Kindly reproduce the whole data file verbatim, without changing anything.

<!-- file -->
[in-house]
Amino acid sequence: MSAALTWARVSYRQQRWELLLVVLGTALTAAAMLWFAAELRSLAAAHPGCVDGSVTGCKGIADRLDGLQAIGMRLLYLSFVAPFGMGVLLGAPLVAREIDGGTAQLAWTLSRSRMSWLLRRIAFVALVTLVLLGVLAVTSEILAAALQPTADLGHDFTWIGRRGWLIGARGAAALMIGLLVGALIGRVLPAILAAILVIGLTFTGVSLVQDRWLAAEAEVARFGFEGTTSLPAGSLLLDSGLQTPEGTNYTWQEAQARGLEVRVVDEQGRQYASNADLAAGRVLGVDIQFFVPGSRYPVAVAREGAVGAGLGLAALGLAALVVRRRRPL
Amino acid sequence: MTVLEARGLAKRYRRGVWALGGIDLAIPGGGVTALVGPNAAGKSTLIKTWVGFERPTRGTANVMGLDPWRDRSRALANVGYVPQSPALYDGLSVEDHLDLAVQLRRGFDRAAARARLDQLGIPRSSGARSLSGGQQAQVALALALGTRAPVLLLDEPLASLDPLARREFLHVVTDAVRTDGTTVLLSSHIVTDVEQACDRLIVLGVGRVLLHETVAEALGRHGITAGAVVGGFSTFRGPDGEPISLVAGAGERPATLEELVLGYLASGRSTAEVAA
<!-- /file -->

[in-house]
Amino acid sequence: MSAALTWARVSYRQQRWELLLVVLGTALTAAAMLWFAAELRSLAAAHPGCVDGSVTGCKGIADRLDGLQAIGMRLLYLSFVAPFGMGVLLGAPLVAREIDGGTAQLAWTLSRSRMSWLLRRIAFVALVTLVLLGVLAVTSEILAAALQPTADLGHDFTWIGRRGWLIGARGAAALMIGLLVGALIGRVLPAILAAILVIGLTFTGVSLVQDRWLAAEAEVARFGFEGTTSLPAGSLLLDSGLQTPEGTNYTWQEAQARGLEVRVVDEQGRQYASNADLAAGRVLGVDIQFFVPGSRYPVAVAREGAVGAGLGLAALGLAALVVRRRRPL
Amino acid sequence: MTVLEARGLAKRYRRGVWALGGIDLAIPGGGVTALVGPNAAGKSTLIKTWVGFERPTRGTANVMGLDPWRDRSRALANVGYVPQSPALYDGLSVEDHLDLAVQLRRGFDRAAARARLDQLGIPRSSGARSLSGGQQAQVALALALGTRAPVLLLDEPLASLDPLARREFLHVVTDAVRTDGTTVLLSSHIVTDVEQACDRLIVLGVGRVLLHETVAEALGRHGITAGAVVGGFSTFRGPDGEPISLVAGAGERPATLEELVLGYLASGRSTAEVAA